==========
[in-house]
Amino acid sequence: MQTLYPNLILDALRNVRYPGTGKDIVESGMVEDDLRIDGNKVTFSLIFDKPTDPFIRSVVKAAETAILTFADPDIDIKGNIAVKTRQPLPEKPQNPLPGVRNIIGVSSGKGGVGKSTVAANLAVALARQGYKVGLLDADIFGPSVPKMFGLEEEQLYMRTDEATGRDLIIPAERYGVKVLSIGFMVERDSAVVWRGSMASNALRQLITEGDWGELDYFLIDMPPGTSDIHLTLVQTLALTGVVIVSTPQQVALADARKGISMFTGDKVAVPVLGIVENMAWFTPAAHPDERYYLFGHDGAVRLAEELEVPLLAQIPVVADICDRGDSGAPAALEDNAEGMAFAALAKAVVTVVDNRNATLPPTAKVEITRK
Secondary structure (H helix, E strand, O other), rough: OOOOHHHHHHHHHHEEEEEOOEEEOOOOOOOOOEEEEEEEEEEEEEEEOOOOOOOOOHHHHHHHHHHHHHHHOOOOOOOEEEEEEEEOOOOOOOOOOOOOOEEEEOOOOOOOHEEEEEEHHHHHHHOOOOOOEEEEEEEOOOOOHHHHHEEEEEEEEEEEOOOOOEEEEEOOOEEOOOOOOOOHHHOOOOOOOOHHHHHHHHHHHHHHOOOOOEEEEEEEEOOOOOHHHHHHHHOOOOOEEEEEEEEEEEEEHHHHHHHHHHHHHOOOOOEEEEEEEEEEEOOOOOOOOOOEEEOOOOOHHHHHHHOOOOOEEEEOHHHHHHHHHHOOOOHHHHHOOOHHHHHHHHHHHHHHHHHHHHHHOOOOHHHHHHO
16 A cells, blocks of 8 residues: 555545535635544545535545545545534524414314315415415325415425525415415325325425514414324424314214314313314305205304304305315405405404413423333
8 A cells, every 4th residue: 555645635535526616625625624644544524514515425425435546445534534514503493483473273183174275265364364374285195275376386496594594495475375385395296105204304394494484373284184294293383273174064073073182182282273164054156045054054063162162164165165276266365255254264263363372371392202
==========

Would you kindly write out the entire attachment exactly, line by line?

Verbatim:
[in-house]
Amino acid sequence: MQTLYPNLILDALRNVRYPGTGKDIVESGMVEDDLRIDGNKVTFSLIFDKPTDPFIRSVVKAAETAILTFADPDIDIKGNIAVKTRQPLPEKPQNPLPGVRNIIGVSSGKGGVGKSTVAANLAVALARQGYKVGLLDADIFGPSVPKMFGLEEEQLYMRTDEATGRDLIIPAERYGVKVLSIGFMVERDSAVVWRGSMASNALRQLITEGDWGELDYFLIDMPPGTSDIHLTLVQTLALTGVVIVSTPQQVALADARKGISMFTGDKVAVPVLGIVENMAWFTPAAHPDERYYLFGHDGAVRLAEELEVPLLAQIPVVADICDRGDSGAPAALEDNAEGMAFAALAKAVVTVVDNRNATLPPTAKVEITRK
Secondary structure (H helix, E strand, O other), rough: OOOOHHHHHHHHHHEEEEEOOEEEOOOOOOOOOEEEEEEEEEEEEEEEOOOOOOOOOHHHHHHHHHHHHHHHOOOOOOOEEEEEEEEOOOOOOOOOOOOOOEEEEOOOOOOOHEEEEEEHHHHHHHOOOOOOEEEEEEEOOOOOHHHHHEEEEEEEEEEEOOOOOEEEEEOOOEEOOOOOOOOHHHOOOOOOOOHHHHHHHHHHHHHHOOOOOEEEEEEEEOOOOOHHHHHHHHOOOOOEEEEEEEEEEEEEHHHHHHHHHHHHHOOOOOEEEEEEEEEEEOOOOOOOOOOEEEOOOOOHHHHHHHOOOOOEEEEOHHHHHHHHHHOOOOHHHHHOOOHHHHHHHHHHHHHHHHHHHHHHOOOOHHHHHHO
16 A cells, blocks of 8 residues: 555545535635544545535545545545534524414314315415415325415425525415415325325425514414324424314214314313314305205304304305315405405404413423333
8 A cells, every 4th residue: 555645635535526616625625624644544524514515425425435546445534534514503493483473273183174275265364364374285195275376386496594594495475375385395296105204304394494484373284184294293383273174064073073182182282273164054156045054054063162162164165165276266365255254264263363372371392202